A Proportional Representation Method with STAR Voting (PR-STAR)


#1

Over the past month or so I’ve been working on an adaptation of STAR voting for use with multi-member elections. This method takes party membership into account and first allocates seats to each party according to voter’s party preferences, as determined by the parties of the candidates they score; then within each party selects the winning candidates as a group all in one shot. Full details are provided in the document I posted here:
PR-STAR.pdf

The chief advantages I believe this method has over other systems I’ve seen are that:

  • It’s easy for voters to understand and use (simple score voting)
  • Votes can be counted at the precinct level, and aggregated upwards
  • Ensures that the proportion of seats given to each party is as close as possible to the party preferences of the voters

I would appreciate any assistance in evaluating the effectiveness of this method under difference scenarios, determining whether it fails to meet any of its stated objectives, and comparing it to other proportional voting methods. Also, let me know if there is a better name for it, as PR-STAR might get confused with STAR-PR, even though these methods are different.
I have also posted example Perl code for ballot counting here:
PR-STAR_vote_counter.pl
along with an example list of candidates (6 parties with 3 candidates each):
candidates.csv
and a small set of randomly generated ballots:
ballots.tar.gz
You can follow this pattern to simulate probably any other election scenario.


#2

Wow, this is an impressive proposal. Thanks for digging in!

I’m personally hesitant to consider options that are based on party affiliation, though it sounds like if you skip step 1 this can work for non-partisan races as well. My reasoning is that our 2 party system is broken, and that any PR system that is built from that will fall into the same divisive partisanship traps, even if there are more parties at the table. I’d much rather see candidates judged as individuals.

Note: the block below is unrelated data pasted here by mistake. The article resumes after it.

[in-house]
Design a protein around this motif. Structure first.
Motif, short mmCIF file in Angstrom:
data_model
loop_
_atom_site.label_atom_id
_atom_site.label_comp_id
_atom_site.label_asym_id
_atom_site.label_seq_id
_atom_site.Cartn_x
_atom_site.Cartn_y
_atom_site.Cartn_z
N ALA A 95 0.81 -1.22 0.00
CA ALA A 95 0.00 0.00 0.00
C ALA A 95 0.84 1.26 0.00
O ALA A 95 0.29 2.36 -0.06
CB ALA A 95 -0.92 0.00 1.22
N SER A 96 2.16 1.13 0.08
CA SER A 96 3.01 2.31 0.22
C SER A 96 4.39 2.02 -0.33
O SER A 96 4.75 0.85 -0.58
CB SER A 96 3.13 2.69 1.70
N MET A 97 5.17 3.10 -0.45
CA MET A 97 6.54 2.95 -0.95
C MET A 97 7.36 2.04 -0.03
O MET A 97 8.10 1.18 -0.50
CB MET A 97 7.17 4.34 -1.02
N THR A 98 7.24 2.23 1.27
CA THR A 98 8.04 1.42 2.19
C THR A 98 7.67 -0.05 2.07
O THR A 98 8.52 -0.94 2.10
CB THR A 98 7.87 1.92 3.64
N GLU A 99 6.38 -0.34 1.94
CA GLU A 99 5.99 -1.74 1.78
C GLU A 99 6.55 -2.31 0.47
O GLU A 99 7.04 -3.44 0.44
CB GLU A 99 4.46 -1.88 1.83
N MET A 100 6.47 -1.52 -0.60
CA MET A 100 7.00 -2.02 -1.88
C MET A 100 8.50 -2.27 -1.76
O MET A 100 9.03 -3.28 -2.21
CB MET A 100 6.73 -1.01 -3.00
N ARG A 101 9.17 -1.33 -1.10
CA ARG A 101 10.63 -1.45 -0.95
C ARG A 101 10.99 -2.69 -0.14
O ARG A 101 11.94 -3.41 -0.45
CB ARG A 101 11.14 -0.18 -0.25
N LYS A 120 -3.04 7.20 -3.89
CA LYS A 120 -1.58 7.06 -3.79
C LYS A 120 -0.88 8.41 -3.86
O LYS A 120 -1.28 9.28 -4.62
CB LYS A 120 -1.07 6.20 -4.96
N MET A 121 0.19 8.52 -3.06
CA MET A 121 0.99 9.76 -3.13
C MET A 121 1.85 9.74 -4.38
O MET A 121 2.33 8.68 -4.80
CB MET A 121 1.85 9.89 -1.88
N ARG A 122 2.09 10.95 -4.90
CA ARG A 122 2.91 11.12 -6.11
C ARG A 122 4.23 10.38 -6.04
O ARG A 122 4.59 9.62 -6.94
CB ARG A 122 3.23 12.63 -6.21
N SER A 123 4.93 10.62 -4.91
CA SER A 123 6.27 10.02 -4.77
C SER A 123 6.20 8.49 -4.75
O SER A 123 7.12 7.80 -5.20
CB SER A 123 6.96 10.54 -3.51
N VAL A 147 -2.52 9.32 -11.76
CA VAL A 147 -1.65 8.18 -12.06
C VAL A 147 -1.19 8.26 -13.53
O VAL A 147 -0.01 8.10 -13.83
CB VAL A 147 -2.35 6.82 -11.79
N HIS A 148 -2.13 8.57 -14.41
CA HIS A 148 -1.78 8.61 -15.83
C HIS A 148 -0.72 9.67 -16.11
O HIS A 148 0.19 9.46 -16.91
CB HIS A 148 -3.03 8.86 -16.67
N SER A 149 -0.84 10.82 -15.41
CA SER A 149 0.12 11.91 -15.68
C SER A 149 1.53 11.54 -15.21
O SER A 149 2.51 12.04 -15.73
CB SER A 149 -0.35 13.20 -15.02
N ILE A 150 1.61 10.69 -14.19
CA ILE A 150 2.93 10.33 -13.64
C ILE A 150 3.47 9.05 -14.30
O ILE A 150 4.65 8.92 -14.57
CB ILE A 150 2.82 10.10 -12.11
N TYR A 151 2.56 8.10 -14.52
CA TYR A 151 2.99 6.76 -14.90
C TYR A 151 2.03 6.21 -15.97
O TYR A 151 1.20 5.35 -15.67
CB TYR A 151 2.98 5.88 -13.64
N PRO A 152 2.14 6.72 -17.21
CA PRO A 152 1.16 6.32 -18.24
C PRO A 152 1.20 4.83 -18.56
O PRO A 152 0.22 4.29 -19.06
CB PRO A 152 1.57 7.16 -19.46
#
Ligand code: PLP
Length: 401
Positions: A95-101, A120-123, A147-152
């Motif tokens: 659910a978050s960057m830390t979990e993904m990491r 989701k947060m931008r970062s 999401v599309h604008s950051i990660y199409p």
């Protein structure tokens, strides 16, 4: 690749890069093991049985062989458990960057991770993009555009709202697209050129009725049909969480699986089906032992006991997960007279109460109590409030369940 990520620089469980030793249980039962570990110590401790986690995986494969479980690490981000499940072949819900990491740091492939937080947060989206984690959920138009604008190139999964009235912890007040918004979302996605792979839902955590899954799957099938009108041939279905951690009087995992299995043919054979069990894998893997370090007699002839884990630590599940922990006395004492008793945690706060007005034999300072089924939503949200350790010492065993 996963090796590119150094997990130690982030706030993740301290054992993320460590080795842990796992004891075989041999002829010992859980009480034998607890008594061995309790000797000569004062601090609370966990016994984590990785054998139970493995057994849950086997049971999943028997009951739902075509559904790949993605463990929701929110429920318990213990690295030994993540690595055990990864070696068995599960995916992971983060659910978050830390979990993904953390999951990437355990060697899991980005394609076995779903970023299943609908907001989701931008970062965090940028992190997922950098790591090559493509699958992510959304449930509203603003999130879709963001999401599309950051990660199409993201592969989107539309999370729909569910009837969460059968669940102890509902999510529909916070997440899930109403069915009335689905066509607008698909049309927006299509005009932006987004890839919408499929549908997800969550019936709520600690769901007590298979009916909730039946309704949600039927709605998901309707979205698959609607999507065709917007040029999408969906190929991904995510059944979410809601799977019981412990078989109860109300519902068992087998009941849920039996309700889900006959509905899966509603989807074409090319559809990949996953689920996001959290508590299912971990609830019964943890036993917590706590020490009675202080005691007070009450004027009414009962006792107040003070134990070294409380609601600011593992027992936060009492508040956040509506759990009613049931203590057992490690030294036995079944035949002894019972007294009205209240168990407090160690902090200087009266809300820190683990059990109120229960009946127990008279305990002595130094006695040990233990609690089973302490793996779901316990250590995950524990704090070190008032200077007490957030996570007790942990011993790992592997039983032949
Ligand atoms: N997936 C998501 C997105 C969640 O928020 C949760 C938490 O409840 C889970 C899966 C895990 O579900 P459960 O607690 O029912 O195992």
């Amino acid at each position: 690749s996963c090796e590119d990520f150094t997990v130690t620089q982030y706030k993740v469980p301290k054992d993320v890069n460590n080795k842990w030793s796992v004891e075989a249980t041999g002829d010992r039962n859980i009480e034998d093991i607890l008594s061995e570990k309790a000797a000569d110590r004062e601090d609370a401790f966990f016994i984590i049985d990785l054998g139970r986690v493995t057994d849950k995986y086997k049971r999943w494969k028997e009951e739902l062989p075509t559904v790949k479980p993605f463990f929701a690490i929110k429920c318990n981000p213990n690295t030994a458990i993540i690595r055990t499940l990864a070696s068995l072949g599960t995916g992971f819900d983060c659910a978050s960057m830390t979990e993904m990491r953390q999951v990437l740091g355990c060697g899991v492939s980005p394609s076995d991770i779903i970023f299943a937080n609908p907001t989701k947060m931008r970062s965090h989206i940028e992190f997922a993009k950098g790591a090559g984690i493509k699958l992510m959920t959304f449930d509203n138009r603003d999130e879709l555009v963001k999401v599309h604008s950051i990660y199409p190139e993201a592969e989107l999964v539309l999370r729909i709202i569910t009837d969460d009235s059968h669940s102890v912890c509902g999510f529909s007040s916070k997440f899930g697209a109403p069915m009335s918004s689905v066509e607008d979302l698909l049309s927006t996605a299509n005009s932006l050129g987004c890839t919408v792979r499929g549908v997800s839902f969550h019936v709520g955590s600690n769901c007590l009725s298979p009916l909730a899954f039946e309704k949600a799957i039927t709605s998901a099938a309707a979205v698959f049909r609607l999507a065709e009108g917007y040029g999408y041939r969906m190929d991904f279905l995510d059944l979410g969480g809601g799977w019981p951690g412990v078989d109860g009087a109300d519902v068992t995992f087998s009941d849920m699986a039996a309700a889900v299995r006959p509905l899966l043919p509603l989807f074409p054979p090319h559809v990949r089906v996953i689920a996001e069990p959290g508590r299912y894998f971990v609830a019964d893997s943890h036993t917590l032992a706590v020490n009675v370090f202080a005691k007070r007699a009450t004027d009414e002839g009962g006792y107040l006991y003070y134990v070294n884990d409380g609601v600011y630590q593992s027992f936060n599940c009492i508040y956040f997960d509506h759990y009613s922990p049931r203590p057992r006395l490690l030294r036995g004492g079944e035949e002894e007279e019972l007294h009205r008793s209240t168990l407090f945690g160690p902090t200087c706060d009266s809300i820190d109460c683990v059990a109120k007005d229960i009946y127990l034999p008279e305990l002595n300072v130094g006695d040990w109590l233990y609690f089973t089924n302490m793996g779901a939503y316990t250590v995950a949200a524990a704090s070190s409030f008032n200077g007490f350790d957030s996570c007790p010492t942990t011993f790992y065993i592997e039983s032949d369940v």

I think, after reading the abstract here, that I get the general mechanics of it, but I wonder if you could make an attempt to distill this down to a simple layman friendly description of the mechanics for a non-partisan race?


#3

Advantages: it’s proportional

Disadvantages: it’s not party agnostic

If you want simplicity, why don’t you just use RRV for electing the first n - 1 winners and then among the remaining weighted ballots, just use STAR voting instead of score voting to elect the last winner? Thus because you are only using STAR in the last round, STAR’s runoff doesn’t interfere with the reweighing process because there are no more reweighs after the last winner is chosen.


#4

ιf γου ωαητ ρrοροrτιοηαl, ραrτγ αgηοsτιc sιmρlιcτγ τhεη υsε αssετ νοτιηg ιηsτεαδ αηδ forcε α Ηαrε qυοτα fοr αll βυτ τhε fιηαl sεατ

RRV is not really simple and is not precinctable like single winner Score Voting is. In fact, it loses a lot of the advantages that Score has over IRV.


#5

My thinking is that this method shouldn’t be party-agnostic in order to prevent a majority from obtaining more seats for their party than their actual proportion among all voters. However it needs testing against other multi-member voting methods in order to ascertain whether this is indeed the case, especially for cases in which voters score candidates across multiple parties. I‘d like to model my example candidates across three dimensions of a hypothetical political spectrum, then scatter voters across the same spectrum in different concentrations to see how closely the winners of the election match the spread of constituents. This would be similar to models that determine whether the winner of a single-seat election is the closest to the average position of all the voters, except that it can have multiple clusters.


#6

For a non-partisan, multi-seat race (which this considers equivalent to a single party,) the method works much like STAR voting except that it considers all combinations of M out of N candidates, finds the two groups having the highest combined score, then finds which of those groups have the most votes. An example of this is shown on page 4.